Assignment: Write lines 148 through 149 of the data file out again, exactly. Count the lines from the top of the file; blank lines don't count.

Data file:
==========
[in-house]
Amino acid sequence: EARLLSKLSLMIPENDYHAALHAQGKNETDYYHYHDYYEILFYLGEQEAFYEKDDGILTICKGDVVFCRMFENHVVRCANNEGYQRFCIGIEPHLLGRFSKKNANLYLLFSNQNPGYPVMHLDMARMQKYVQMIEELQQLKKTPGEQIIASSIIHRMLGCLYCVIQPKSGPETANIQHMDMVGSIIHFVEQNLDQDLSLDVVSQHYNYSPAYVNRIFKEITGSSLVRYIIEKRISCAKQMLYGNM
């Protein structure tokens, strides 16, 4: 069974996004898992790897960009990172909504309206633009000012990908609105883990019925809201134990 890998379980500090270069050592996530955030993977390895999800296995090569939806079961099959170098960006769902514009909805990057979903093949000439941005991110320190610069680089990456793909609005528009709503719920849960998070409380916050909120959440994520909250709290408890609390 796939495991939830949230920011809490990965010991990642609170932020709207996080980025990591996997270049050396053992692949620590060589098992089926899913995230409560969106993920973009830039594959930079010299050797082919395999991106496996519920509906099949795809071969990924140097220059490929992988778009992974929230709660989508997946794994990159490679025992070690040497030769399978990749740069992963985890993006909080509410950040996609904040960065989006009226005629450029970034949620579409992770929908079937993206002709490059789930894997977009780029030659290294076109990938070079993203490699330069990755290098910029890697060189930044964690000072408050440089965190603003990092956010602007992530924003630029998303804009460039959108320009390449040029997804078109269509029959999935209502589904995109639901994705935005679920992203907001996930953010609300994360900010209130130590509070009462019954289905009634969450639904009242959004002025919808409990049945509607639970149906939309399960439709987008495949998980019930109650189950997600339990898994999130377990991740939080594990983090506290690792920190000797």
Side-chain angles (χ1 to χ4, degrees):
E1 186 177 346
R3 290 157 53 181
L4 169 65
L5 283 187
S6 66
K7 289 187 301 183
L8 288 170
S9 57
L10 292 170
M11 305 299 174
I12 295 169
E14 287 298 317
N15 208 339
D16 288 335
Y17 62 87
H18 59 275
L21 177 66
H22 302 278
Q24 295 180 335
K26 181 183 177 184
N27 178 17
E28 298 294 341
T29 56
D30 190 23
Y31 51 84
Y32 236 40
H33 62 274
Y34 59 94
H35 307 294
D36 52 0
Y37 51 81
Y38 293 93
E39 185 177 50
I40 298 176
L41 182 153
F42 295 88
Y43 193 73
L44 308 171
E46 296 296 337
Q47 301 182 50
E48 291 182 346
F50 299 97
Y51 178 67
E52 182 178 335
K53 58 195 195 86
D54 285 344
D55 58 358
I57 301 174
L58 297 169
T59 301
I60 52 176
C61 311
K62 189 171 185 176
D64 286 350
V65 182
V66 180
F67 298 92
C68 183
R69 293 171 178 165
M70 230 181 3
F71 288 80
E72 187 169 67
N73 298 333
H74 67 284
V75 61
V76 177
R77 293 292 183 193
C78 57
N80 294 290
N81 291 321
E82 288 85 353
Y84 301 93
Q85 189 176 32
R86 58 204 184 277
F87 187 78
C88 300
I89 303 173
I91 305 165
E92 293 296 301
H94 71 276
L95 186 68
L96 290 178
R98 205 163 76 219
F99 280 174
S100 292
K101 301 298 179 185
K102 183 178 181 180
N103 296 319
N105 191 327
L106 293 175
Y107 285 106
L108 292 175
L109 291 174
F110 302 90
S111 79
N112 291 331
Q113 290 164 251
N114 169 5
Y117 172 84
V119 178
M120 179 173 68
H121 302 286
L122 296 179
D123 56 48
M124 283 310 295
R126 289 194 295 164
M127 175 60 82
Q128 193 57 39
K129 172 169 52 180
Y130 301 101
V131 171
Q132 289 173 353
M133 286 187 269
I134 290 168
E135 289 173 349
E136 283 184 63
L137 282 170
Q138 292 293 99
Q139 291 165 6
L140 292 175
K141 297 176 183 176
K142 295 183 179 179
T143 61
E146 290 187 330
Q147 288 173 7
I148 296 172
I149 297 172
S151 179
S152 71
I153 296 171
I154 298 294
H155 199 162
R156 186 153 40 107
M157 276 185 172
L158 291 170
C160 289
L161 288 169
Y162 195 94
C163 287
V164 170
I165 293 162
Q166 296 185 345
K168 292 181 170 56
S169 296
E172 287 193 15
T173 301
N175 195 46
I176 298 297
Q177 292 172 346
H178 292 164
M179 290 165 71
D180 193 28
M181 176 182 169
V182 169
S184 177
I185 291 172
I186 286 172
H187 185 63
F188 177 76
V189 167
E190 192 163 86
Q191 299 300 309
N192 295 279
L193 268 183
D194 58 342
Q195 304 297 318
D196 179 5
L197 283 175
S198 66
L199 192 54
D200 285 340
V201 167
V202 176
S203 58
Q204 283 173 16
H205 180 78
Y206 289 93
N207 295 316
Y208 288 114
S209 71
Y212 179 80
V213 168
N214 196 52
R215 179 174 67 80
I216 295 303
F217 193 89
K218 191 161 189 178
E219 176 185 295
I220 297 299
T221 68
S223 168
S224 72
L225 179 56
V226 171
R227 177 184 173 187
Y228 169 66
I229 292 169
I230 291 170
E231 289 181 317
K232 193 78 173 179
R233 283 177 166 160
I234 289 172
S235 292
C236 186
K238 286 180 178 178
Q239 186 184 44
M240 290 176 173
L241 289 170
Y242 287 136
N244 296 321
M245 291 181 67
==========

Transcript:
S169 296
E172 287 193 15